Why am I not investing – the bears! After doing most of the analysis, I checked the cost of shorting Tesla’s shares, which was the last piece of the puzzle. In most deals I do, that cost is negligible – I rarely see anything above 2% or 3% annually. If I went short Tesla’s shares, I’d have to pay an annual 17% on the short leg of the trade. That alone kills the opportunity because it makes the margin really thin, and I don’t feel comfortable leveraging on this one.
At today’s current share price, the spread is roughly 3%, which I believe is decent since the only real obstacles are the shareholders approvals. Under an aggressive agenda (count on Musk for that), everything could be said and done by October ’16, therefore yielding 15-20% on an annualized basis. My worst case scenario (still assuming that the deal goes through, but with some delay) was an 11% annualized return. Since the exchange ratio is 0.11 Tesla shares for 1 share of SolarCity, an investor wanting to play the deal would go short 11 shares of Tesla for every 100 shares of SolarCity purchased.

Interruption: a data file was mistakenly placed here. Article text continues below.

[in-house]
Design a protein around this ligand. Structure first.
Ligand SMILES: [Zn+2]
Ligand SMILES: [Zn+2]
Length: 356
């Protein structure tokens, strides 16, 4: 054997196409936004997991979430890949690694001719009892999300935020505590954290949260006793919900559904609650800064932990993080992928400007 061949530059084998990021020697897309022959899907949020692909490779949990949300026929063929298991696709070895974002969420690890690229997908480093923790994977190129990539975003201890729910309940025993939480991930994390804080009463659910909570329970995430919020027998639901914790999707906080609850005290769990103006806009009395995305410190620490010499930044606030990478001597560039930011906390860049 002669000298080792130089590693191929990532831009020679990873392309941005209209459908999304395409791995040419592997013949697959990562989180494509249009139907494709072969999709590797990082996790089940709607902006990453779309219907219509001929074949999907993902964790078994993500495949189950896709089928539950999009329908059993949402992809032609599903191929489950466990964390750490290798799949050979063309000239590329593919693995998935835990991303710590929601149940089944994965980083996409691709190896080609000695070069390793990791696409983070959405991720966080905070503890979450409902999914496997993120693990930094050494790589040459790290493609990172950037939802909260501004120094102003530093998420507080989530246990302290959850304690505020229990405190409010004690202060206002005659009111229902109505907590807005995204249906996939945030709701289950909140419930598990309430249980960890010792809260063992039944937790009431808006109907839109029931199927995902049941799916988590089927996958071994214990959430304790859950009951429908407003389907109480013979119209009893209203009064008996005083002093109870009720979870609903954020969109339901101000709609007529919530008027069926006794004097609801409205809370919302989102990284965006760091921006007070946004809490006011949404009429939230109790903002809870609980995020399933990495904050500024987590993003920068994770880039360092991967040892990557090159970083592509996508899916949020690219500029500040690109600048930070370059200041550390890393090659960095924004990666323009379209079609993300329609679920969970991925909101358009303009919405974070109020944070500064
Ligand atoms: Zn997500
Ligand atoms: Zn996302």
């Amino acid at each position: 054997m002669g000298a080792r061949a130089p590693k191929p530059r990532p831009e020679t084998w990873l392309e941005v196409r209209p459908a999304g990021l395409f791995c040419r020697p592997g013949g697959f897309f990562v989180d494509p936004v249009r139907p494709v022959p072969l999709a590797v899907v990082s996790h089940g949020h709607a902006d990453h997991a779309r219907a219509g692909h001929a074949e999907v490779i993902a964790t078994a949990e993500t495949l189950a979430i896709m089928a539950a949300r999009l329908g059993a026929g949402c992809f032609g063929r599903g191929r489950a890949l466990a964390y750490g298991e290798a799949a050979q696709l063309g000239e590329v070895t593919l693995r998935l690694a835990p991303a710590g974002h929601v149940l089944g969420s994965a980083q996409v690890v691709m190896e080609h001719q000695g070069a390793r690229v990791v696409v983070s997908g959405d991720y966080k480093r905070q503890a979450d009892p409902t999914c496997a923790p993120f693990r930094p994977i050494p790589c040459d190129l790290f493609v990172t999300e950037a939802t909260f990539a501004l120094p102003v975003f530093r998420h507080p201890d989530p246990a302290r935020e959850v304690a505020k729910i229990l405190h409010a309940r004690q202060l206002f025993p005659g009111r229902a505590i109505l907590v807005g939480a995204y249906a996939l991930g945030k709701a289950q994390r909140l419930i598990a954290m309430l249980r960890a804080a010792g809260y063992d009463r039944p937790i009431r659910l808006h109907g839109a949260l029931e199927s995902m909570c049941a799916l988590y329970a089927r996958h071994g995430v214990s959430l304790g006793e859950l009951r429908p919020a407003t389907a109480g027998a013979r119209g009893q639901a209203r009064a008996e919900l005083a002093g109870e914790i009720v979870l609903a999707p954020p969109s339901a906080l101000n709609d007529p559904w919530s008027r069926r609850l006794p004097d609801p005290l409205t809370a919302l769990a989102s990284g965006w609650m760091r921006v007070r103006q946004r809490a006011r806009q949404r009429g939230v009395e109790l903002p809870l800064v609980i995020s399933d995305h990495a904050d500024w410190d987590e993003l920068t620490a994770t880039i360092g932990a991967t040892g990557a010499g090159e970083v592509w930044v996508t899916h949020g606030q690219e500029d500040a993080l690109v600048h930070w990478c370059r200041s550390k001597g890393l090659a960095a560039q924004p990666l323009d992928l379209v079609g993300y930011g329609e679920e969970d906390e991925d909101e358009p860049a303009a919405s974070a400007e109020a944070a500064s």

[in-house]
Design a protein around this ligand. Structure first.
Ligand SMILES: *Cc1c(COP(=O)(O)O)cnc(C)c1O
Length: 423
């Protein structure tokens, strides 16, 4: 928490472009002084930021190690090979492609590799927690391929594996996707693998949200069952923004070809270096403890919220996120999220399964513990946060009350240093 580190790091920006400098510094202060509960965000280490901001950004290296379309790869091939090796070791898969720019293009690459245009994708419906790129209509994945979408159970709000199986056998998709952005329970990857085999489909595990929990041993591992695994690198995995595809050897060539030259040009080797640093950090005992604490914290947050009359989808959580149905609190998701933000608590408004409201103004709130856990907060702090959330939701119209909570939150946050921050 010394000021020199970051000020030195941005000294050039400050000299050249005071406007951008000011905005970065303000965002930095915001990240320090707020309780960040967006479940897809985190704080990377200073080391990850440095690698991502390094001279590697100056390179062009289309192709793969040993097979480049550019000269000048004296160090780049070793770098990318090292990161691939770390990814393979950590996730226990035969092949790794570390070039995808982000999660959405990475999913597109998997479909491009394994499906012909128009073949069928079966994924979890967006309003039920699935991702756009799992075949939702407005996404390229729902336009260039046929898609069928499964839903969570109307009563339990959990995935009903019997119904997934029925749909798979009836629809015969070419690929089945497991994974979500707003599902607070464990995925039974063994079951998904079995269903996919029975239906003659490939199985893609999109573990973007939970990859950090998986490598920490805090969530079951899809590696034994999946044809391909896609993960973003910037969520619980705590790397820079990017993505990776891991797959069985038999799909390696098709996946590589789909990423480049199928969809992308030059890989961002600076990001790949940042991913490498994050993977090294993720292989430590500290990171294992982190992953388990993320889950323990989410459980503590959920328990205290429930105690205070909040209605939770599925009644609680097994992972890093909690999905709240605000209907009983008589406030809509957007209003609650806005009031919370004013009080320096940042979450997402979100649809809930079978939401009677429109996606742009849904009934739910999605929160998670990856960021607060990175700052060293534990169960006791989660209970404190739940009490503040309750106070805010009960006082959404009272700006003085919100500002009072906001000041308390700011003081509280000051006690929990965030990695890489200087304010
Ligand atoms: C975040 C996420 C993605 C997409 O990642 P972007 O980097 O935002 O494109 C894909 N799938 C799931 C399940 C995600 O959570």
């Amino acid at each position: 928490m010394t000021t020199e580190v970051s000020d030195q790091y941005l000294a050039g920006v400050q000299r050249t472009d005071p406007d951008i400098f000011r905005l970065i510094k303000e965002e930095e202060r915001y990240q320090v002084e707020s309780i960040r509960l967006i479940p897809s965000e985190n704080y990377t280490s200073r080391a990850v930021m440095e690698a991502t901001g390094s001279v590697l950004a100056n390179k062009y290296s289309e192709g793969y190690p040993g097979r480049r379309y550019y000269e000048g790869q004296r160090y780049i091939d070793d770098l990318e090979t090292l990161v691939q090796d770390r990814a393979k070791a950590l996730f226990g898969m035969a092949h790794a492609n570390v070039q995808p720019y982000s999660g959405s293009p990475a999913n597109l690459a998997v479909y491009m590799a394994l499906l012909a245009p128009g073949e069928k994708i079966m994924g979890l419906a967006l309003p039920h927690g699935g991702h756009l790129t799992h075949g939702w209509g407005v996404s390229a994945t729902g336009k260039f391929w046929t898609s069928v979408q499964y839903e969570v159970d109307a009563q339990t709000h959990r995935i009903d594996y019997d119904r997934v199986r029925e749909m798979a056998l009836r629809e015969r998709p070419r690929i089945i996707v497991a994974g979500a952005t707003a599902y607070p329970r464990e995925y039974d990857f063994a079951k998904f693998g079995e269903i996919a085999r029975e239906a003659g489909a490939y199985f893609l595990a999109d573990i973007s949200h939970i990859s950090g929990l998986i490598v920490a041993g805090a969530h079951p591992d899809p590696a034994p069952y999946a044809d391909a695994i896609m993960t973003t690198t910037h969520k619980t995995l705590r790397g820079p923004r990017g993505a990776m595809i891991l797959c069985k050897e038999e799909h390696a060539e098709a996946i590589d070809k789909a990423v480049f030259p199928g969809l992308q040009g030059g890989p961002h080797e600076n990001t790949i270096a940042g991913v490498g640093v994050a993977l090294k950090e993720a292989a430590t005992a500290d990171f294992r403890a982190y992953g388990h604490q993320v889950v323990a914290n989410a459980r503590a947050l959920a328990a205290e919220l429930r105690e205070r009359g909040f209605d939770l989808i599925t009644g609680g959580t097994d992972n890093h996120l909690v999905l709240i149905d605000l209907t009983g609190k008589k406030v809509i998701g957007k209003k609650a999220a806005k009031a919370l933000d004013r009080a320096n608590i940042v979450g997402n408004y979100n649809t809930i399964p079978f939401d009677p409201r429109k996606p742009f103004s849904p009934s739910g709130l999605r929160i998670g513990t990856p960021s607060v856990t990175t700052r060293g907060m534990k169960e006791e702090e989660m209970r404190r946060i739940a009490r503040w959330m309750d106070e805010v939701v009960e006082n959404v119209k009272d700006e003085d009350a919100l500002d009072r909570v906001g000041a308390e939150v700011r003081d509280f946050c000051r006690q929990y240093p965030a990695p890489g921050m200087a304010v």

Overall, I am cautiously optimistic about this transaction, and staying on the sidelines because of the borrowing cost on Tesla’s shares. If someone came tomorrow and lent me those shares at 3% I’d probably go ahead.
In any event, if the deal goes through I’ll be very interested to see how it pans out and probably will write a follow up article on it later on. The jury is still out on Musk but I really believe that the guy will either literally change the energy industry or go broke trying to. He’s committed and puts his money where his mouth is, so bar the unrealistic targets that he’s bound to miss at some point, he still deserves credit for aiming for the moon if lands in the stars.
Disclosure: No position in any of the stocks mentioned in this article.
This article expresses an opinion and the author does not receive compensation for it and has no business relationship with any company whose stock is mentioned in this article; do your own due diligence before making investment decisions.